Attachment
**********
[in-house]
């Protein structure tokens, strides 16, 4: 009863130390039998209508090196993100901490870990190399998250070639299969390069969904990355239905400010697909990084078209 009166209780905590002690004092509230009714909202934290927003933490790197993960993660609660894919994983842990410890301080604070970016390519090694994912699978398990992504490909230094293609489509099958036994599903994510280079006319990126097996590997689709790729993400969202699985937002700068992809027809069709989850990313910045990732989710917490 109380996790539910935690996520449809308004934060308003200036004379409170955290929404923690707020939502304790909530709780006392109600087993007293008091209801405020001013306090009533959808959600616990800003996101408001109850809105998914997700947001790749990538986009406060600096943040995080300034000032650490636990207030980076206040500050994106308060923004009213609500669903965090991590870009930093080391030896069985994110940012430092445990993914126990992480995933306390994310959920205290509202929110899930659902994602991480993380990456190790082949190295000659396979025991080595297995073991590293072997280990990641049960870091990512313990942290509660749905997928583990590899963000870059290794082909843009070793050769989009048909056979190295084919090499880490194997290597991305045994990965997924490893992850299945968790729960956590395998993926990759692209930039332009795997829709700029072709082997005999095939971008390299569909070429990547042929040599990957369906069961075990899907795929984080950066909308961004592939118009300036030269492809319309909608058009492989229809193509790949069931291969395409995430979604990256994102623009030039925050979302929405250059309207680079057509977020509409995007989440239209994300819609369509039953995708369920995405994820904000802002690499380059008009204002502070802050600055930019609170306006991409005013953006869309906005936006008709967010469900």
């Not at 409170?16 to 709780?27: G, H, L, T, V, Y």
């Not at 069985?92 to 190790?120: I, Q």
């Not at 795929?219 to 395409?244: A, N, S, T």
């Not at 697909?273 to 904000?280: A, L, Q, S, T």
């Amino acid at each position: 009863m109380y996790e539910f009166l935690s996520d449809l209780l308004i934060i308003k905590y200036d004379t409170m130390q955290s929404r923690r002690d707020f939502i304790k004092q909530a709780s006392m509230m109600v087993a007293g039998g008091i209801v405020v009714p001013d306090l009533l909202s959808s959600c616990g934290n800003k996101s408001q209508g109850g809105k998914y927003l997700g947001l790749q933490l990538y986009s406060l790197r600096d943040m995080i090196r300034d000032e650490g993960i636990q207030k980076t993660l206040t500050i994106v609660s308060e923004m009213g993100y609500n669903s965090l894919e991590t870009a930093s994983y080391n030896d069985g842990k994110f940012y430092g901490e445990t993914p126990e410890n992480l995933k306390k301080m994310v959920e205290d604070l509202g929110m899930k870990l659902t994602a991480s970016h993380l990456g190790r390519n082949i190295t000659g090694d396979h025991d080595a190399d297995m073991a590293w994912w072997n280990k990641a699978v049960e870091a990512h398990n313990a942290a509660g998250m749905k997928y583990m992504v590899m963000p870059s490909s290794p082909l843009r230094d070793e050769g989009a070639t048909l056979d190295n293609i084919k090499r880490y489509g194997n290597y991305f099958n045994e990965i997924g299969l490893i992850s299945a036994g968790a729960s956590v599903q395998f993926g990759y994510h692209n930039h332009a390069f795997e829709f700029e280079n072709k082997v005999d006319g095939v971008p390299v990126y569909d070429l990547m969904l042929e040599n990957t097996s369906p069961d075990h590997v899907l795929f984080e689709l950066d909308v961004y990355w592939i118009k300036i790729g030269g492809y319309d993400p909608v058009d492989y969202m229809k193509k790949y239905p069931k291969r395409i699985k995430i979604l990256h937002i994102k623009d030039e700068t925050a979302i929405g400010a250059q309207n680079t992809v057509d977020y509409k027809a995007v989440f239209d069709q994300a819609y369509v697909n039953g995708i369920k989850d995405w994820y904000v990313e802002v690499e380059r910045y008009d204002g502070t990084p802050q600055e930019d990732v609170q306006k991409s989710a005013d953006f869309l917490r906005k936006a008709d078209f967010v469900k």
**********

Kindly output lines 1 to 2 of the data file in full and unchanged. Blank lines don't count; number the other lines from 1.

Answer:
[in-house]
């Protein structure tokens, strides 16, 4: 009863130390039998209508090196993100901490870990190399998250070639299969390069969904990355239905400010697909990084078209 009166209780905590002690004092509230009714909202934290927003933490790197993960993660609660894919994983842990410890301080604070970016390519090694994912699978398990992504490909230094293609489509099958036994599903994510280079006319990126097996590997689709790729993400969202699985937002700068992809027809069709989850990313910045990732989710917490 109380996790539910935690996520449809308004934060308003200036004379409170955290929404923690707020939502304790909530709780006392109600087993007293008091209801405020001013306090009533959808959600616990800003996101408001109850809105998914997700947001790749990538986009406060600096943040995080300034000032650490636990207030980076206040500050994106308060923004009213609500669903965090991590870009930093080391030896069985994110940012430092445990993914126990992480995933306390994310959920205290509202929110899930659902994602991480993380990456190790082949190295000659396979025991080595297995073991590293072997280990990641049960870091990512313990942290509660749905997928583990590899963000870059290794082909843009070793050769989009048909056979190295084919090499880490194997290597991305045994990965997924490893992850299945968790729960956590395998993926990759692209930039332009795997829709700029072709082997005999095939971008390299569909070429990547042929040599990957369906069961075990899907795929984080950066909308961004592939118009300036030269492809319309909608058009492989229809193509790949069931291969395409995430979604990256994102623009030039925050979302929405250059309207680079057509977020509409995007989440239209994300819609369509039953995708369920995405994820904000802002690499380059008009204002502070802050600055930019609170306006991409005013953006869309906005936006008709967010469900």